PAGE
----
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WARNING! Sewage sludge is toxic. Food should not be grown in "biosolids." Join the Food Rights Network.


This article is part of the Food Rights Network, a project of the Center for Media and Democracy. Find out more here.

GroCo is a Seattle, WA product sold as fertilizer but made from sewage sludge.[1] Hundreds of communities across the U.S. sell toxic sludge products that are typically renamed biosolids and sold or given away as "fertilizer" or "compost" (and often even labeled or marketed as "natural" or "organic").

GroCo is a Class A Biosolids product that incorporates sawdust. The concentrated sewage sludge itself is labeled Class B Biosolids and is marketed separately as a King County Wastewater Treatment Division product recently "branded" Loop. 310 wet tons a day of this sewage sludge are trucked from the wastewater treatment plant and then spread directly on agricultural cropland (80 percent) and commercial forest land (15 percent). The remaining five percent is made into GroCo.[2]

According to one website:[3]

"King County operates several wastewater treatment plants in and around the Seattle, Washington area. Some of the biosolids from these plants are anaerobically-digested and dewatered to produce a biosolids "cake". The cake is either composted with sawdust to produce a product called GroCo or delivered directly to forest application sites as SilviGrow. King County has a long history of developing the SilviGrow program in association with the University of Washington College of Forest Resources. SilviGrow application to forest land is safe and beneficial. Trees fertilized with SilviGrow grow twice as fast as unfertilized trees. Thousands of forest land acres have been fertilized with SilviGrow.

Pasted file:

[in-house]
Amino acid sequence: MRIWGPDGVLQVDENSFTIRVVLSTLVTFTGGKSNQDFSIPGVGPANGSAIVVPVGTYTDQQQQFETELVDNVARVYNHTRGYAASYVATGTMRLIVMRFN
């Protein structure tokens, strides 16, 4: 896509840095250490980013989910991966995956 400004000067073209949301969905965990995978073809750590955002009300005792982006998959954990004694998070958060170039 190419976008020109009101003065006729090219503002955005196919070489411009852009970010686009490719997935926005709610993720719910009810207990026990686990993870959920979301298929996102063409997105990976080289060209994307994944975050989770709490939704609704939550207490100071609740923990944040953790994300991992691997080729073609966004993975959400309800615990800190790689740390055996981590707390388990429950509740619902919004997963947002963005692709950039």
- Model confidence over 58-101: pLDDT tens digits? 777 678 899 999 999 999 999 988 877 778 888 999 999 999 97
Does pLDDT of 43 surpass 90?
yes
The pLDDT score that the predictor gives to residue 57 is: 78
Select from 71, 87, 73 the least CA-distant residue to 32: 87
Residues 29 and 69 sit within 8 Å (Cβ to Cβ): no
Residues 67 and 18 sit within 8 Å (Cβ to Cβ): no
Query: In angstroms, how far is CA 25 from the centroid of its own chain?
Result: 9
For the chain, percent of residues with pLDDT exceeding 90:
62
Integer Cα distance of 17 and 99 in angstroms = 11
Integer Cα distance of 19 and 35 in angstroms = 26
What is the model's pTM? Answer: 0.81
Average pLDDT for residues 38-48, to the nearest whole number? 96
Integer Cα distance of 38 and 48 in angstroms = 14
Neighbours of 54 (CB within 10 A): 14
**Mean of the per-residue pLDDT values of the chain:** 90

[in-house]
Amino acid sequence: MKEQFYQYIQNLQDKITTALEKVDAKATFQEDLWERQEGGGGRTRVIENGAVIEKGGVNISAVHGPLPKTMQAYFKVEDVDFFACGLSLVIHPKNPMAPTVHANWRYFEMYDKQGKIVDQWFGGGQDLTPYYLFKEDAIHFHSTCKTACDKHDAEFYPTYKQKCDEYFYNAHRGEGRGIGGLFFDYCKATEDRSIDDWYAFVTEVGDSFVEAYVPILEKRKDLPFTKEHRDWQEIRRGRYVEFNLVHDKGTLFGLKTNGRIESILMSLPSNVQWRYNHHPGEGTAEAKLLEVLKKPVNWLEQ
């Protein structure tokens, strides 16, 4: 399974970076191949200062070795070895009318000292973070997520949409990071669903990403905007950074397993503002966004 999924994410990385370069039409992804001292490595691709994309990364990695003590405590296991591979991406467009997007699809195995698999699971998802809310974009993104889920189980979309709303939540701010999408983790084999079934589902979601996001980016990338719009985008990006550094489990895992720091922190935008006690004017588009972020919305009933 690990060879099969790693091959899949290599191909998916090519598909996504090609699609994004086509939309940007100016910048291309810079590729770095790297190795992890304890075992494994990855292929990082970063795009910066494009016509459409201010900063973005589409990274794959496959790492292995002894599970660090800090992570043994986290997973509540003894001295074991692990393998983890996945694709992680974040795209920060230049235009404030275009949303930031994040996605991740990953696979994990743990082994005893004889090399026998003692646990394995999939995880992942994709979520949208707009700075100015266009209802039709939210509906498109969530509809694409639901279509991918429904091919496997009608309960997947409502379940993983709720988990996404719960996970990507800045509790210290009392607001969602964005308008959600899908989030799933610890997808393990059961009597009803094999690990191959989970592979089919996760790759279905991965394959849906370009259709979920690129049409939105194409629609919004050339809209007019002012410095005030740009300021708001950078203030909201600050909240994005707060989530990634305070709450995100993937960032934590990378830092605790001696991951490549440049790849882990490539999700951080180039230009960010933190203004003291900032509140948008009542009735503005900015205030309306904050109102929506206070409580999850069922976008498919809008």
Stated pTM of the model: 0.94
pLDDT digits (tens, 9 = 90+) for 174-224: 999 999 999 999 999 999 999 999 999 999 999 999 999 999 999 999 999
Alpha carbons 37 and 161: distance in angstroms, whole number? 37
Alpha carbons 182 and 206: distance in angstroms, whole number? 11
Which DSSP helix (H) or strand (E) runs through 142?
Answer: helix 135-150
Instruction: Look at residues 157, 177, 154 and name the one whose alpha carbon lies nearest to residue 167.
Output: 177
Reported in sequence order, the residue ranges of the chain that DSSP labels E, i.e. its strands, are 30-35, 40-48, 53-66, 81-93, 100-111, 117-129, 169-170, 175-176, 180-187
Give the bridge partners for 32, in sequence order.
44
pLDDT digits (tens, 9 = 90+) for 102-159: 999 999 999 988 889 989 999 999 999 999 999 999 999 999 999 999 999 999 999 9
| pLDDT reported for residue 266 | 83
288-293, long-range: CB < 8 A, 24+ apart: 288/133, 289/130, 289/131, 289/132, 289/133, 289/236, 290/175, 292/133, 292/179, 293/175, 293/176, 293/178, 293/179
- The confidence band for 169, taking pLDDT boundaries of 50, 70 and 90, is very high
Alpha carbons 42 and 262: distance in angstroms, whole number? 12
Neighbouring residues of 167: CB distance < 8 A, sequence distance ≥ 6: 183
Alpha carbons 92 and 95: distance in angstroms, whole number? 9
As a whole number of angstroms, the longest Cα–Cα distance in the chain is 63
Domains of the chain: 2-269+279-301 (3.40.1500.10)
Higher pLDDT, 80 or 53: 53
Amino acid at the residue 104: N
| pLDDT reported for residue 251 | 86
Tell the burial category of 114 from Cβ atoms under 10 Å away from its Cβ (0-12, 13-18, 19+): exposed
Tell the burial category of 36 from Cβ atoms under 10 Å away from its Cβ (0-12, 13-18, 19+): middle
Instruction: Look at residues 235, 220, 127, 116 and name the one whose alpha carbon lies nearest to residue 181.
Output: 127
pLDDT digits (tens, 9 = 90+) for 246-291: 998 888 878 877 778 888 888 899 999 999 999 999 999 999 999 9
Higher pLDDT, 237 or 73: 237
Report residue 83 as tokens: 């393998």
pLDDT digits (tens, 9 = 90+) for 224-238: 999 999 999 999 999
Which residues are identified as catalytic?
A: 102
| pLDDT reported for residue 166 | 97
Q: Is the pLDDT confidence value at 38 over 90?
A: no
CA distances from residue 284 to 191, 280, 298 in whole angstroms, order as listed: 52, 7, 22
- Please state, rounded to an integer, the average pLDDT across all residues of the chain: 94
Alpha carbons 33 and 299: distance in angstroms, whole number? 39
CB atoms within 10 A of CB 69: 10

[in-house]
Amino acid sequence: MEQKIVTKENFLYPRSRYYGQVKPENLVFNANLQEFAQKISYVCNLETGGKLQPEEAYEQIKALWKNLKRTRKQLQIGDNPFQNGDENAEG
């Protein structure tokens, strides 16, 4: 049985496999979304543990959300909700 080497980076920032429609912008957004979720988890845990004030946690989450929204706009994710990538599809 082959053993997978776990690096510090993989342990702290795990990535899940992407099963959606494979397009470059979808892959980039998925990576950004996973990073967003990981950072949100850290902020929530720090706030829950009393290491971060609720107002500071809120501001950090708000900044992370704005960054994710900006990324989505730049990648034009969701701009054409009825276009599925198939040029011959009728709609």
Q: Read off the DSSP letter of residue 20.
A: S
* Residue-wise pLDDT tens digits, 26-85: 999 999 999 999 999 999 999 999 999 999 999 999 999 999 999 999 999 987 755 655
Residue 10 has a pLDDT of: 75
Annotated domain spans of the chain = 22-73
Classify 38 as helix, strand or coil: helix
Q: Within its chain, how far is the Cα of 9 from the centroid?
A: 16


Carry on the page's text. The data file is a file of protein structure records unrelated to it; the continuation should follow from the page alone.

"Recently, King County has entered into a partnership with Washington DNR, University of Washington, Sierra Club, Weyerhaeuser, and others in what's called the "Mountains to Sound Re-Greening Program." This program involves hundreds of volunteers in the restoration and revegetation of logging roads no longer needed along the scenic Interstate 90 corridor from Puget Sound to the east side of the Cascades. GroCo is being used to restore revegetate the unsightly, barren scars left by many old logging roads."

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External Resources


  1. Branded products containing sewage sludge, SludgeNews Website accessed June 3, 2010.
  2. Katrina Mendrey, Branding Biosolids Closes The "Loop" (sub. req'd.), BioCycle Magazine, June 2013, Vol. 54, No. 6, p. 21.
  3. Metropolitan Council - U.S. Biosolids Scene, Accessed November 12, 2010.
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